In Defying the Odds, we discuss state and congressional elections as well as the presidential race. A forthcoming update will include the 2018 midterm.
It’d be hard to find better Republican hopefuls than Republican Reps. Jeff Denham and Mimi Walters or candidate Young Kim, according to [CA GOP chair Jim] Brulte. They all lost in the “unmistakeable” blue wave.
Republicans feel that wave was exacerbated by voter laws that they say helped Democrats. Also aiding Democrats: They were unified on a health care message that proved hugely effective in 2018. Democrats campaigned as the party that wanted to protect pre-existing condition coverage and make health care more affordable.
Democrats plan to stay with that message in 2020, while both outgoing and remaining Republicans have often concentrated on criticizing the media and new state voter laws.
But, Brulte said, Republicans need to put emphasis on how to appeal to minority groups, groups that widely disapprove of the leader of the party, President Donald Trump.
“Until the issue of immigration is completely dealt with, California Republicans are going to have trouble,” Brulte said, not specifying exactly what that would entail. Trump continues to push for a U.S-Mexico border wall and more restrictive immigration laws.
Walters, the outgoing congresswoman, blamed the party’s troubles on “the machine” of Speaker-designate Nancy Pelosi, D-California, and voting laws passed by the “liberal legislature.” California passed four new voting laws that took effect in 2018, such as motor voter and same-day voter registration, all of which made voting easier.
Rep. Darrell Issa, R-California, who retired from Congress and is taking a job with Trump’s administration, blamed the Democrats “turnout machine” and a lack of outside spending by Republicans in certain races.
When asked how Republicans combat all these woes, and what they need to do to turn out their own voters, Issa got on an elevator and remained silent until the doors closed.
Liz Mair at The Daily Beast:
For a bunch of California Republicans, no matter how much of an effort they made, nothing was going to overcome the hurdle of a wildly unpopular Trump as leader of the GOP, a tax reform bill that Trump signed that raised a bunch of normally reliable GOP voters’ tax bills, problems with health care that the GOP under Trump did not appear to be fixing, and immigration and trade policies crafted by Trump personally that have been tremendously off-putting to Hispanic, Asian and—yes—quite a few white voters too. If you believe that demographics are destiny, given Trump’s most Trumpy policies, it was probably already a given that several GOP-held House seats in California would change hands.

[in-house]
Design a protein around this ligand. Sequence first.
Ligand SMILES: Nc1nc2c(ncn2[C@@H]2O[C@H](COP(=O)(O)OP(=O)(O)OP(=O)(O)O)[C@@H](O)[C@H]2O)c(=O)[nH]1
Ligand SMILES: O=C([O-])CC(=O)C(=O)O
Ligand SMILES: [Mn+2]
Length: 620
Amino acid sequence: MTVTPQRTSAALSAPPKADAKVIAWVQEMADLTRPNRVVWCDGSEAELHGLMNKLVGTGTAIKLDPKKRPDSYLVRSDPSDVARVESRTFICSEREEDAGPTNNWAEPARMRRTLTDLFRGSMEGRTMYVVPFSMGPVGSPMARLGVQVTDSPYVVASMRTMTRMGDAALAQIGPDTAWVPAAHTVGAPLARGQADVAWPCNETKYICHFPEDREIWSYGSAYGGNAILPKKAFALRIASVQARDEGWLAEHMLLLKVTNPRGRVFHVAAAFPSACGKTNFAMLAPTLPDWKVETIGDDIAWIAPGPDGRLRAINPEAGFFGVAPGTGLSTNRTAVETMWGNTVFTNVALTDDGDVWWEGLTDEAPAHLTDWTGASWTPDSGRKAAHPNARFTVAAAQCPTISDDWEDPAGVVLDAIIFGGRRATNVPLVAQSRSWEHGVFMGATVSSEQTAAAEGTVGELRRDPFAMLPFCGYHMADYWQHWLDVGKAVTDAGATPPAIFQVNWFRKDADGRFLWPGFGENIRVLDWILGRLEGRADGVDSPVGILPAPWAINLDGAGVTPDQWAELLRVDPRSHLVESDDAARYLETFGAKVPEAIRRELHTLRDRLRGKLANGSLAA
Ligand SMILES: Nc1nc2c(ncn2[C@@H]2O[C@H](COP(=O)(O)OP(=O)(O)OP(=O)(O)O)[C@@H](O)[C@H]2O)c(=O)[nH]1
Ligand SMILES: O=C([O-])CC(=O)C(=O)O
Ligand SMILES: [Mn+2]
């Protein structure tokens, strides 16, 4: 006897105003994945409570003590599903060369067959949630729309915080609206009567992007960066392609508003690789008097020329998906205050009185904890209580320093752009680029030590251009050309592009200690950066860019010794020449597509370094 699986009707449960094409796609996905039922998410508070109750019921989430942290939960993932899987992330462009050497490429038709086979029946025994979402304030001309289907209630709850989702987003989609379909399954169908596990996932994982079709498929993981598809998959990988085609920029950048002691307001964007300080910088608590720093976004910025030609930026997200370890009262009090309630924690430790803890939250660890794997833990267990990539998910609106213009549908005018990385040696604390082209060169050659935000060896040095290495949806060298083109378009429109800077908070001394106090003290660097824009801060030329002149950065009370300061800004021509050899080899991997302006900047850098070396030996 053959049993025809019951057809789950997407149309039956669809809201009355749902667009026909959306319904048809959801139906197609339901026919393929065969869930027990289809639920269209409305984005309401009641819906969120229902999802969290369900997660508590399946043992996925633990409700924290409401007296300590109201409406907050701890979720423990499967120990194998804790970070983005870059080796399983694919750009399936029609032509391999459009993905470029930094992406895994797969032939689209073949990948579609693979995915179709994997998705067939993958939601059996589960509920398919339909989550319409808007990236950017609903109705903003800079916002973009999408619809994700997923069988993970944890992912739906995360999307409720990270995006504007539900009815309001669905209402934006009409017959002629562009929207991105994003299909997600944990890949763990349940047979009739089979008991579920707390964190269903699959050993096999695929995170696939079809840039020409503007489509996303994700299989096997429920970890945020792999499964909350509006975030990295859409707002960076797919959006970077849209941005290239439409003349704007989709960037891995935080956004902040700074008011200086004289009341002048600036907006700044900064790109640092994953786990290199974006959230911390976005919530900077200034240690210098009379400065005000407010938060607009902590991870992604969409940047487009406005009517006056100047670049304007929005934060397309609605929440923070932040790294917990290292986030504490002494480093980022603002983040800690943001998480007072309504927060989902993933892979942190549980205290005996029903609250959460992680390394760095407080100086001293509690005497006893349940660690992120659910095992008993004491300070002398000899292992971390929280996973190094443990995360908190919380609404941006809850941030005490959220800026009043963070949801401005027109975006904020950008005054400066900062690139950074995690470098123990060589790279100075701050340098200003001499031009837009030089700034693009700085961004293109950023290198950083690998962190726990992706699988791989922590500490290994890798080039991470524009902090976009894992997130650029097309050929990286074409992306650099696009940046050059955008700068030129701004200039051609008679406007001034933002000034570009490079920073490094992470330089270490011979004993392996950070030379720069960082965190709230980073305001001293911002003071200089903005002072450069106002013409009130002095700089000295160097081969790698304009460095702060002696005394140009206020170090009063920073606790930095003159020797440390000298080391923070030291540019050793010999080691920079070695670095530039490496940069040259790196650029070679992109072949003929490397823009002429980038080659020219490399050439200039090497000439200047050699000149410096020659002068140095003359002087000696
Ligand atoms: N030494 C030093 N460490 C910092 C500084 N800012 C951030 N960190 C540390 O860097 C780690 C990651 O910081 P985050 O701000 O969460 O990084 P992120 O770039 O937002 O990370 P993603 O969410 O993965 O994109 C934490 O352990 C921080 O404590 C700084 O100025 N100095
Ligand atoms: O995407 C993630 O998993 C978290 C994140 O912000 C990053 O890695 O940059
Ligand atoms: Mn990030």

But none of this explains the sheer expanse of the losses, whereas a failure of candidates to behave like they were in the fights of their lives actually does.
Valadao, whose district is more than 75 percent Latino, and therefore the most minority-dominated of any Republican-held district in California, undoubtedly suffered because of Trump’s manifest antipathy to Hispanics. The tax bill and trade wars probably hurt him, too. But Valadao also hurt himself big time by making bad decisions and not working hard enough on issues of prime local importance. The best example of this is DACA—a deeply resonant subject in his district, especially.
The truth is, 2018 was always going to be a tough election for Republicans. But Norquist is right: A lot of Republicans lost unnecessarily because they took wins for granted, and didn’t focus on what mattered to their constituents, whether that was the impact of tax reform in California, New York, New Jersey or Illinois, or health care or trade or immigration (I’m a pro-immigration Republican who thinks the party should embrace comprehensive reform, including a path to citizenship). And a bunch of Republicans simply didn’t work for wins; they believed the #fakepolls narrative and delivered middling performances when loads of Democrats were proverbially vying for Oscars.